Condition category
Injury, Occupational Diseases, Poisoning
Date applied
Date assigned
Last edited
Retrospectively registered
Overall trial status
Recruitment status
No longer recruiting
Publication status

Plain English Summary

Background and study aims
Injuries to the shoulder joint are common and often result in long-term pain, reduced function and an unsightly deformity over the shoulder. It is widely accepted that sprains and minor disclocations of the shoulder joint are best treated conservatively, but there is growing debate about the most appropriate treatment of complete dislocations. The aim of this study is to compare the results of non-operative and operative treatment for complete shoulder joint dislocations to guide future treatment.

Who can participate?
Men and women aged 16-35 years who have sustained a complete dislocation of the shoulder joint within the last two weeks

What does the study involve?
Participants are randomly allocated to one of two groups. Those allocated to the non-operative group are treated with an initial three-week period of immobilisation in a collar and cuff followed by physiotherapy. Participants allocated to the operative treatment group undergo surgery to stabilise the joint within two weeks of injury. The procedure is done through the open or keyhole method and involves reconstruction of the injured ligaments around the injured joint. After surgery, patients are then treated with immobilisation in a collar and cuff for three weeks followed by physiotherapy. All patients are seen at three weeks, six weeks, three months, six months and one year, when they may be asked to complete a questionnaire and undergo an examination. X-rays are also routinely taken during return visits.

What are the possible benefits and risks of participating?
The major benefit of having surgery is that they have a stable shoulder joint after the surgery, with less of a visible bump. This may allow an earlier return to work and sports. All the surgical procedures are performed under general anaesthetic. Although anaesthesia is extremely safe with modern techniques, there are still very small risks involved. Some patients experience nausea, vomiting and/or dizziness. These are reduced with modern drugs. It is important that participants tell the research team about any medical problems. For those that are allocated to have an operation, the main risk is that the surgery fails to stabilise the injured joint and further instability is experienced (5% risk). There is a small chance of developing wound infection. This may require treatment with antibiotics. There is also a small risk of damage to the adjacent nerves and vessels in the shoulder.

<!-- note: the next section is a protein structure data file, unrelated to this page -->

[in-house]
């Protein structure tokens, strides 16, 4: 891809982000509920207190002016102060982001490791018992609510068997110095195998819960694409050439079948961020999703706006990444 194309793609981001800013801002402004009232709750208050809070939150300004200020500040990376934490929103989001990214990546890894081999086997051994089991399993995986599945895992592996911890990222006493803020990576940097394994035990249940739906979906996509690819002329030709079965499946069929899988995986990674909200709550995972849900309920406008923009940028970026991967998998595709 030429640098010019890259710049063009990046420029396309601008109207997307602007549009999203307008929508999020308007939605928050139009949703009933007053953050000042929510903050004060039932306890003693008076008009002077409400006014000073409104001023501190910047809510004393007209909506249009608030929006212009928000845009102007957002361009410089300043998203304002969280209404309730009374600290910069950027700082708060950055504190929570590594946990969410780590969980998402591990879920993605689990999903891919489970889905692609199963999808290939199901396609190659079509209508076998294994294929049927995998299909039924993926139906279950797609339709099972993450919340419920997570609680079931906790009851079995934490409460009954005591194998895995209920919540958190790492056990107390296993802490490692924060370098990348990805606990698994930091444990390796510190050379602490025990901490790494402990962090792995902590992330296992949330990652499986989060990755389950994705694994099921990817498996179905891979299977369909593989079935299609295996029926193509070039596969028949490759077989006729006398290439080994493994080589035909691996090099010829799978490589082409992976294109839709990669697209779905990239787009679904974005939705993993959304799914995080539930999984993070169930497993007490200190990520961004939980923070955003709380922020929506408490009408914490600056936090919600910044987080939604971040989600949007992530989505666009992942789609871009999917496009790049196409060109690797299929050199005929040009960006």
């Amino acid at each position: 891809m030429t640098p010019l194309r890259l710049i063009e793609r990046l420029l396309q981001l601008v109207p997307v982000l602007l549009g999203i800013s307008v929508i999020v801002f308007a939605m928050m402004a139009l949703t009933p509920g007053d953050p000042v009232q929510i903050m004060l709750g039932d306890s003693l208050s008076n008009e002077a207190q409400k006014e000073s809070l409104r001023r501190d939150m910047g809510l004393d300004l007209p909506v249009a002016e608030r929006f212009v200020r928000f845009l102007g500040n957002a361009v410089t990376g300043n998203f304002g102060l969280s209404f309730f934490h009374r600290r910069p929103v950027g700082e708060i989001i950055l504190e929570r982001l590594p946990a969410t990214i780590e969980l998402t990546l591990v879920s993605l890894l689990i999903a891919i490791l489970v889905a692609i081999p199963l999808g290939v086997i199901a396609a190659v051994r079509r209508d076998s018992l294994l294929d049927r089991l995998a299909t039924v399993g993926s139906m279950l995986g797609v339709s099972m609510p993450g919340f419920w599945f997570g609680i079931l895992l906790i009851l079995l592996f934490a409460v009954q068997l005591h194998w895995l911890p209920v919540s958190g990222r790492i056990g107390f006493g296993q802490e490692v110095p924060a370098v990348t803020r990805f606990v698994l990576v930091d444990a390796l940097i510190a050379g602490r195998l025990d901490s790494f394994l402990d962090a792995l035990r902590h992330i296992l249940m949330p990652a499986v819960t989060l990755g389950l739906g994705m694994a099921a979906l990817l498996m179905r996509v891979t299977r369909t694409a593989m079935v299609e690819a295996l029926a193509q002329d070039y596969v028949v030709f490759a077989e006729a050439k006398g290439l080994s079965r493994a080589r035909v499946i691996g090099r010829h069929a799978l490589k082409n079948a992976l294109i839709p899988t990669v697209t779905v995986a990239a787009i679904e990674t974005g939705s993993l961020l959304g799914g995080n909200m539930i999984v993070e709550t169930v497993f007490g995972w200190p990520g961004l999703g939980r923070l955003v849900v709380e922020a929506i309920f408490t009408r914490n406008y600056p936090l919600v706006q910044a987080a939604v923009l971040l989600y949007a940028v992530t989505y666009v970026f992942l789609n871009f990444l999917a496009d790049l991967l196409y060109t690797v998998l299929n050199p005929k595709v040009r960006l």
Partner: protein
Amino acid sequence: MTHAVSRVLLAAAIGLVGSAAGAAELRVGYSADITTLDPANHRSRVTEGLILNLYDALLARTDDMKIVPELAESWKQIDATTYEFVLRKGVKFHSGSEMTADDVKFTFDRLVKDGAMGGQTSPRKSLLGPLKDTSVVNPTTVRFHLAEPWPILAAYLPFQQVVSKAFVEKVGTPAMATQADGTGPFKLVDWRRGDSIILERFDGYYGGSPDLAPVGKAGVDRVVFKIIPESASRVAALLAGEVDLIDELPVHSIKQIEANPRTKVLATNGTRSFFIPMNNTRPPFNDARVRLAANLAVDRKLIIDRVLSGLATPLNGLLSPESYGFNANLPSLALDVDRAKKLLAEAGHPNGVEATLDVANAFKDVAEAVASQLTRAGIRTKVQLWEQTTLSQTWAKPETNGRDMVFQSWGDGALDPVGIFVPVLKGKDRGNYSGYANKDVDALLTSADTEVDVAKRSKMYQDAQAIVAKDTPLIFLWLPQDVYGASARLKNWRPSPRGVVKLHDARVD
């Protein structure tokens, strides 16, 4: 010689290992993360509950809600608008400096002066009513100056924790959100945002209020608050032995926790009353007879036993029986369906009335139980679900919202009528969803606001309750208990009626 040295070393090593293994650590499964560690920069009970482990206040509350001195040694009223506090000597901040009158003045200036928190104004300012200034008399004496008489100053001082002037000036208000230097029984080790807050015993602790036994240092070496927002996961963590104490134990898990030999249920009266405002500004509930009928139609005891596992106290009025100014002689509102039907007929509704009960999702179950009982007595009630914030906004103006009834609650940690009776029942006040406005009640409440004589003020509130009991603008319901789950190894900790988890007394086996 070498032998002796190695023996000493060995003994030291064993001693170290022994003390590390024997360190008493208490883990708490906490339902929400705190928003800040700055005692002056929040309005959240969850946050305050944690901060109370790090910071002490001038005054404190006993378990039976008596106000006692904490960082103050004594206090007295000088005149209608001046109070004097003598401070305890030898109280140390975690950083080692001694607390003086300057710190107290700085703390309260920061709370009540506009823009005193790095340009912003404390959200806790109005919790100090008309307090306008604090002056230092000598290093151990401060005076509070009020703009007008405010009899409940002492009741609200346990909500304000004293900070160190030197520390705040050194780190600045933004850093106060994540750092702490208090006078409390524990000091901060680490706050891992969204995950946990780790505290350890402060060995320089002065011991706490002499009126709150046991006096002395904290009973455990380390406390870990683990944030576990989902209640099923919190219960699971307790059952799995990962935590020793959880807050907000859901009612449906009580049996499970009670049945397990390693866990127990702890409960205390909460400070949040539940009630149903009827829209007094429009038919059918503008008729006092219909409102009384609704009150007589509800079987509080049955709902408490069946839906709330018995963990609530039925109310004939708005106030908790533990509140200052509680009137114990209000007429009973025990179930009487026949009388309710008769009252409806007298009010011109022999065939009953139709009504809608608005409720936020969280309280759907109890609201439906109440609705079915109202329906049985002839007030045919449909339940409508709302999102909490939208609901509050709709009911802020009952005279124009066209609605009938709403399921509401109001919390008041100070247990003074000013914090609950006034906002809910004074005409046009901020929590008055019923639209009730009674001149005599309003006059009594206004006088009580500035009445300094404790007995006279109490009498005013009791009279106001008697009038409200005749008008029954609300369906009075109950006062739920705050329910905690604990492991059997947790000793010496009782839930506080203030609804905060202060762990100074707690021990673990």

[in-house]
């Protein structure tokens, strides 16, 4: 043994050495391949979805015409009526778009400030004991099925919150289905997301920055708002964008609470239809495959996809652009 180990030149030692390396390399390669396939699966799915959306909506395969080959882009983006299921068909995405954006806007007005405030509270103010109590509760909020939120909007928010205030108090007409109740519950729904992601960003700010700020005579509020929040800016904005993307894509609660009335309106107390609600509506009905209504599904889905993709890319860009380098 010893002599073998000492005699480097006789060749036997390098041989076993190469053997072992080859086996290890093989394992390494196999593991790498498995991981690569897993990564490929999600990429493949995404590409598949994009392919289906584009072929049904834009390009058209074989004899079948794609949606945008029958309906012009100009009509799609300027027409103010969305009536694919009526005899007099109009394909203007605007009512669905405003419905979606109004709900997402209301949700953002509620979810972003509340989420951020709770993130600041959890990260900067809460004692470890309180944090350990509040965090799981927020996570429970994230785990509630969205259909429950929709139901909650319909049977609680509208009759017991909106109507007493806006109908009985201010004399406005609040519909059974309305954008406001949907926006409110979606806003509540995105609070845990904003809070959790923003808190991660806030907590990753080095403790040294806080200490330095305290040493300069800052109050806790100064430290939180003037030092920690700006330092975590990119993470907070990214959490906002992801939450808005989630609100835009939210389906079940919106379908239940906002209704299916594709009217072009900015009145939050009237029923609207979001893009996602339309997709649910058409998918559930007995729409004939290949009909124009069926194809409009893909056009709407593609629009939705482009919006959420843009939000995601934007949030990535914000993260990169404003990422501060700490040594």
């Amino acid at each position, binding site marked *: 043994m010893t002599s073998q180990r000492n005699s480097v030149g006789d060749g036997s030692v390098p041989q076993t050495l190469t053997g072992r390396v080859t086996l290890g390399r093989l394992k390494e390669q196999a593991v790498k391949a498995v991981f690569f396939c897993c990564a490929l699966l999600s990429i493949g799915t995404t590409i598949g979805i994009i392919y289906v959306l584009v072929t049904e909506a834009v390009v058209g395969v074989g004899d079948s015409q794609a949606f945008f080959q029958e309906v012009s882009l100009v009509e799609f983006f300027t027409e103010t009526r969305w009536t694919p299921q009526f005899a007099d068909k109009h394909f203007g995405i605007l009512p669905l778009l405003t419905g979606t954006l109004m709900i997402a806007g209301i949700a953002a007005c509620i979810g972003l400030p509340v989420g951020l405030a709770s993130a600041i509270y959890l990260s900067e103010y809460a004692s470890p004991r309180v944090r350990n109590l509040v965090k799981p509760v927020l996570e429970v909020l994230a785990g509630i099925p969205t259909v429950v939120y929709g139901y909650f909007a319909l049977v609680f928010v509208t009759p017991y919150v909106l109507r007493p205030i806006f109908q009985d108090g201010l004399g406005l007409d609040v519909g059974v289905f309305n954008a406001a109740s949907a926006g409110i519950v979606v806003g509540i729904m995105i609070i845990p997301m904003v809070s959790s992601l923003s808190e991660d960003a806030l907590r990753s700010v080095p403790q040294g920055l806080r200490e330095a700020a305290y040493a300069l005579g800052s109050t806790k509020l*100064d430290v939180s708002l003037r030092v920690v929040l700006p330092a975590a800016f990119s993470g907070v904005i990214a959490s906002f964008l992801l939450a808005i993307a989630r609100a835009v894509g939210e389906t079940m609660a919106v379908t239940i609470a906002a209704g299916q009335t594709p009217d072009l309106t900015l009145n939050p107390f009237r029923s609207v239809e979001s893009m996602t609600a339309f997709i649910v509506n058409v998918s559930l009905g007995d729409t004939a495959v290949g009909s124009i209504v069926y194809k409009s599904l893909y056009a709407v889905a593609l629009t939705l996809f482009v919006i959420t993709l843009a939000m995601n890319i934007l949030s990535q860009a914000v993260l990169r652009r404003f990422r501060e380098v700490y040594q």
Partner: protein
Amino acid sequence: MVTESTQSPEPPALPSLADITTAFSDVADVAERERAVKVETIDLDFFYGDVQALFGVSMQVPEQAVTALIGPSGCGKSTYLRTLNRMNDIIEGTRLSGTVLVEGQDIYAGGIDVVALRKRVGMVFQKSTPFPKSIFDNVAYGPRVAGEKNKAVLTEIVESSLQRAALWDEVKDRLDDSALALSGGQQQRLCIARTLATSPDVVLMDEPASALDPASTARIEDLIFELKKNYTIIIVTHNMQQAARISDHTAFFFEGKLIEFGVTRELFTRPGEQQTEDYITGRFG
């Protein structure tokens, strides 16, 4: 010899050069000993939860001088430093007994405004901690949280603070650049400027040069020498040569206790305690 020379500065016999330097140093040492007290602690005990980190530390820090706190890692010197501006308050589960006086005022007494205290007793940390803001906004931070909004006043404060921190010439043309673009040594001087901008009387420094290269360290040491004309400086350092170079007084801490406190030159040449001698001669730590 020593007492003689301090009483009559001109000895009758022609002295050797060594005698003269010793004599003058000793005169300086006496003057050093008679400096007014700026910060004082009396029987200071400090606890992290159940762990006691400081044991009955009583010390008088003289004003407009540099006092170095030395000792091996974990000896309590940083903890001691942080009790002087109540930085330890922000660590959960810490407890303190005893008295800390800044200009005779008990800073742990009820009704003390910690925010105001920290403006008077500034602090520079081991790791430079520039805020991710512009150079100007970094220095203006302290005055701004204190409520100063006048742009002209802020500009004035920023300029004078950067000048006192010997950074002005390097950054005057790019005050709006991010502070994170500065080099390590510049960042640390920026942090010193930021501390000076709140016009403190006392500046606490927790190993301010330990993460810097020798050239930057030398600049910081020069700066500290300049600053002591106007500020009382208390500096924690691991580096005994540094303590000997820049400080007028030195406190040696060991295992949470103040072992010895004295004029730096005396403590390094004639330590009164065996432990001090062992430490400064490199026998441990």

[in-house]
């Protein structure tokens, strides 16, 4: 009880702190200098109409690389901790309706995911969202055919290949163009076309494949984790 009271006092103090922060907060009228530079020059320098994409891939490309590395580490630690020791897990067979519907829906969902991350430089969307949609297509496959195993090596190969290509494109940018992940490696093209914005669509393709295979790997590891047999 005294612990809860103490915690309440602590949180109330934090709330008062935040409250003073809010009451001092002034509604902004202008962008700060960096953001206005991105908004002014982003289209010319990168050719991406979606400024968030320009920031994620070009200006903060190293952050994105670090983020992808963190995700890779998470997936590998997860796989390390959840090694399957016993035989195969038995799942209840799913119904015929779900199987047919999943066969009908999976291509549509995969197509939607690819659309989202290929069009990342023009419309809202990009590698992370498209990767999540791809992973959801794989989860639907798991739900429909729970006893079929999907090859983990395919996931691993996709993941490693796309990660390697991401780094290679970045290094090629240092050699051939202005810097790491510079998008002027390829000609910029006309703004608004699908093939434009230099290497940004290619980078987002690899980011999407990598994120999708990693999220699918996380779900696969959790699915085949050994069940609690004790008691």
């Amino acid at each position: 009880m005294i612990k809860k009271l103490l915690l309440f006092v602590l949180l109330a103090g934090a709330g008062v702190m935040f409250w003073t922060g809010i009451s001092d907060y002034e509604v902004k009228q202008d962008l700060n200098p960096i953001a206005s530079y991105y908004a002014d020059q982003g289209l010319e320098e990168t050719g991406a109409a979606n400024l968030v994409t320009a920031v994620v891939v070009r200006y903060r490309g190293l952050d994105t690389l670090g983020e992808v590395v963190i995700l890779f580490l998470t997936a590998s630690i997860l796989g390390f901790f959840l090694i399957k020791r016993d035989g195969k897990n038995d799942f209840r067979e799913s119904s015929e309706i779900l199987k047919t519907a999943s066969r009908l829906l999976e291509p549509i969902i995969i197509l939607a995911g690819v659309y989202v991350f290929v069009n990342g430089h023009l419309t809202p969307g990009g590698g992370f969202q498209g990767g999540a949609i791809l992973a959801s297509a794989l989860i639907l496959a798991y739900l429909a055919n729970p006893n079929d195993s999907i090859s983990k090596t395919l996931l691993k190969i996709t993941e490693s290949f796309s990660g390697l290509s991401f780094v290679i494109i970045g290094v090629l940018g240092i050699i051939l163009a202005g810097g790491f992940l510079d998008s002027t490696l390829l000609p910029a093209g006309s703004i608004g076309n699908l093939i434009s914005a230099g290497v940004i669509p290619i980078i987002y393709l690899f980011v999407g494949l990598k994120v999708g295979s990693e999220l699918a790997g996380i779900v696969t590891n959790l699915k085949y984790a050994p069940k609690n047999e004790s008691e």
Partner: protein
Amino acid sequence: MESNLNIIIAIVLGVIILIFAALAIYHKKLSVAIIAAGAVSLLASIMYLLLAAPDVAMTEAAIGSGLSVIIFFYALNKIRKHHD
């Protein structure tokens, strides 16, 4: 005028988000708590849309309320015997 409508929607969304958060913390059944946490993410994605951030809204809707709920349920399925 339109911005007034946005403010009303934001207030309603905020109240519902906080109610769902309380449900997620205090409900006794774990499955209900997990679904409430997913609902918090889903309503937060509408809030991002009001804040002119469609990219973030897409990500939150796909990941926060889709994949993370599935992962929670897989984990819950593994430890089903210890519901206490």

Where is the study run from?
The study is being run from multiple orthopaedic centres who are experienced in both the management of these injuries and conducting studies of this kind including:
1. The Royal Infirmary of Edinburgh (UK) (main centre)
2. Glasgow Victoria Hospital (UK)
3. Glasgow Western Infirmary (UK)
4. Glasgow Royal Infirmary (UK)

When is study starting and how long is it expected to run for?
February 2011 to September 2015

Who is funding the study?
Arthrex (USA)

Who is the main contact?
Mr C M Robinson

Trial website

Contact information



Primary contact

Mr Michael Robinson


Contact details

Department of Trauma and Orthopaedics
Royal Infirmary of Edinburgh
51 Little France Crescent
EH16 4SA
United Kingdom
+44 (0)131 242 3407

Additional identifiers

EudraCT number number

Protocol/serial number


Study information

Scientific title

A multicentre prospective randomised controlled trial to compare the results of AcromioClavicular Open Reduction versus Nonoperative treatment for the management of acute grade III and IV acromioclavicular joint disruption



Study hypothesis

Operative management will not improve the functional outcome over non-operative management for acute grade III and IV acromioclavicular joint disruption.

Ethics approval

Lothian Research Ethics Committee, ref: 10/S1101/55

Study design

Multicentre randomised controlled trial

Primary study design


Secondary study design

Randomised controlled trial

Trial setting


Trial type


Patient information sheet

Not available in web format, please use the contact details to request a patient information sheet


Orthopaedic trauma


A total of 80 participants will be randomised using the closed envelope technique into a control (non-operative management) group or treatment (operative management) group each containing 40 participants. All patients will be initially evaluated with a complete history and physical examination. Information regarding the mode of injury and timing of initial symptoms, any previous surgical procedures performed, and current type, level and frequency of symptoms including pain, instability and level of function will be specifically sought in addition to routine demographic details. Preoperative imaging including standardised plain film evaluation of the affected shoulder will be taken.